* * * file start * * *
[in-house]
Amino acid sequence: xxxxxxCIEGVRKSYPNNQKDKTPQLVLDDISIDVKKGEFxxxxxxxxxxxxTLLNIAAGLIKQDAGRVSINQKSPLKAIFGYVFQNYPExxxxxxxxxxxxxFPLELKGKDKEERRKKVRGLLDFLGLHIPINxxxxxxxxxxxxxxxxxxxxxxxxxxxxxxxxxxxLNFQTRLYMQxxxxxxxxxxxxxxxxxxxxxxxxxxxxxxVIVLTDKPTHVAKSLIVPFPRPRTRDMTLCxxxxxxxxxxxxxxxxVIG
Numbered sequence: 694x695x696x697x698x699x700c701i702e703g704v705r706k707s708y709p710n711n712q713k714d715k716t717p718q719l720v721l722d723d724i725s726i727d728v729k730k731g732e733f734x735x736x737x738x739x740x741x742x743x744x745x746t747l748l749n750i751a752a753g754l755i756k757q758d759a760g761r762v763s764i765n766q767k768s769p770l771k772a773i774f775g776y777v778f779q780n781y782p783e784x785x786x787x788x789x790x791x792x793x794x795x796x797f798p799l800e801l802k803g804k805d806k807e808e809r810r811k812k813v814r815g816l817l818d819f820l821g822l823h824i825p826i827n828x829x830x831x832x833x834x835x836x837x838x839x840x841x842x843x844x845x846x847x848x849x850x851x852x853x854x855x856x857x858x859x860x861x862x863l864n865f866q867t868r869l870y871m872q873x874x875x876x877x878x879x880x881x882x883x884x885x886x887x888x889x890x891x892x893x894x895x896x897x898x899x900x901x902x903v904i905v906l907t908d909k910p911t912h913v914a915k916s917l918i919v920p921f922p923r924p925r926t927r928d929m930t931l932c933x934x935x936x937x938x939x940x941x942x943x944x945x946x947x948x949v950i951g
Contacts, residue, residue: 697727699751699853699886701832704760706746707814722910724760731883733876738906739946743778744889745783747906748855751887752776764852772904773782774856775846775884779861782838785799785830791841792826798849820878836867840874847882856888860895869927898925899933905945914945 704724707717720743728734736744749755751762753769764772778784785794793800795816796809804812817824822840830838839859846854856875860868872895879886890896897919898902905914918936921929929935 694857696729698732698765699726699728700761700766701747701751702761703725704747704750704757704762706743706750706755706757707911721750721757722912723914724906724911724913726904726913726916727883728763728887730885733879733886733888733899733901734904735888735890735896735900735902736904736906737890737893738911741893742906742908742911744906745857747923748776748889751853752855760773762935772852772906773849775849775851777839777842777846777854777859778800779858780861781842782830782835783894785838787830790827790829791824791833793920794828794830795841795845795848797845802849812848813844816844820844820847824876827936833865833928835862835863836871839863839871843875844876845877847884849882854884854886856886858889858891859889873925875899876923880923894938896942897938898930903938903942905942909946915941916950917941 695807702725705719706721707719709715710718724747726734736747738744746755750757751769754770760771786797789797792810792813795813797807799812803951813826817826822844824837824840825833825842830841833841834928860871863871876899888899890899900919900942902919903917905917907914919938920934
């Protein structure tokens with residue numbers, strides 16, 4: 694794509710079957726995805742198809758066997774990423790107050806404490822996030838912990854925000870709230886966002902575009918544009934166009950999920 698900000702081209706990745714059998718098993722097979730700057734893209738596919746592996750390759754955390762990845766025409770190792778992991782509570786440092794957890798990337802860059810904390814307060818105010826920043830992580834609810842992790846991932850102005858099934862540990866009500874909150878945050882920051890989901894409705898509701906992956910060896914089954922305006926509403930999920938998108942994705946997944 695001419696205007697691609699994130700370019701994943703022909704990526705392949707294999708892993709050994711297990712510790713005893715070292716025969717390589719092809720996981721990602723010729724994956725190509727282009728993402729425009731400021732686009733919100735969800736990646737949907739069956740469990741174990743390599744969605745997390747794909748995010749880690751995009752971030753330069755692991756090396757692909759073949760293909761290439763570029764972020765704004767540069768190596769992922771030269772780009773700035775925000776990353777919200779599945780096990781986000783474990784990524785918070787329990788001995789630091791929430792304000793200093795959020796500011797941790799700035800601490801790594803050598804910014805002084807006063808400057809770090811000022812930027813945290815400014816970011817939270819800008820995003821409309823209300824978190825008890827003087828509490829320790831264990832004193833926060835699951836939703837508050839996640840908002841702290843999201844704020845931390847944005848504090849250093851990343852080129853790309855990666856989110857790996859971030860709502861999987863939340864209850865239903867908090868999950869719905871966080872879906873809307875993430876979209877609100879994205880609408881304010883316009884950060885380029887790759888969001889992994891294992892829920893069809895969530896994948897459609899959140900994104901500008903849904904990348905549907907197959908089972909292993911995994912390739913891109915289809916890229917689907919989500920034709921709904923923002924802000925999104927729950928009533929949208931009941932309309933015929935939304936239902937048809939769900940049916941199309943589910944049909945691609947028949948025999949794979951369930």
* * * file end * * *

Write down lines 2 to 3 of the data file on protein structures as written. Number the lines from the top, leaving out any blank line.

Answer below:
Amino acid sequence: xxxxxxCIEGVRKSYPNNQKDKTPQLVLDDISIDVKKGEFxxxxxxxxxxxxTLLNIAAGLIKQDAGRVSINQKSPLKAIFGYVFQNYPExxxxxxxxxxxxxFPLELKGKDKEERRKKVRGLLDFLGLHIPINxxxxxxxxxxxxxxxxxxxxxxxxxxxxxxxxxxxLNFQTRLYMQxxxxxxxxxxxxxxxxxxxxxxxxxxxxxxVIVLTDKPTHVAKSLIVPFPRPRTRDMTLCxxxxxxxxxxxxxxxxVIG
Numbered sequence: 694x695x696x697x698x699x700c701i702e703g704v705r706k707s708y709p710n711n712q713k714d715k716t717p718q719l720v721l722d723d724i725s726i727d728v729k730k731g732e733f734x735x736x737x738x739x740x741x742x743x744x745x746t747l748l749n750i751a752a753g754l755i756k757q758d759a760g761r762v763s764i765n766q767k768s769p770l771k772a773i774f775g776y777v778f779q780n781y782p783e784x785x786x787x788x789x790x791x792x793x794x795x796x797f798p799l800e801l802k803g804k805d806k807e808e809r810r811k812k813v814r815g816l817l818d819f820l821g822l823h824i825p826i827n828x829x830x831x832x833x834x835x836x837x838x839x840x841x842x843x844x845x846x847x848x849x850x851x852x853x854x855x856x857x858x859x860x861x862x863l864n865f866q867t868r869l870y871m872q873x874x875x876x877x878x879x880x881x882x883x884x885x886x887x888x889x890x891x892x893x894x895x896x897x898x899x900x901x902x903v904i905v906l907t908d909k910p911t912h913v914a915k916s917l918i919v920p921f922p923r924p925r926t927r928d929m930t931l932c933x934x935x936x937x938x939x940x941x942x943x944x945x946x947x948x949v950i951g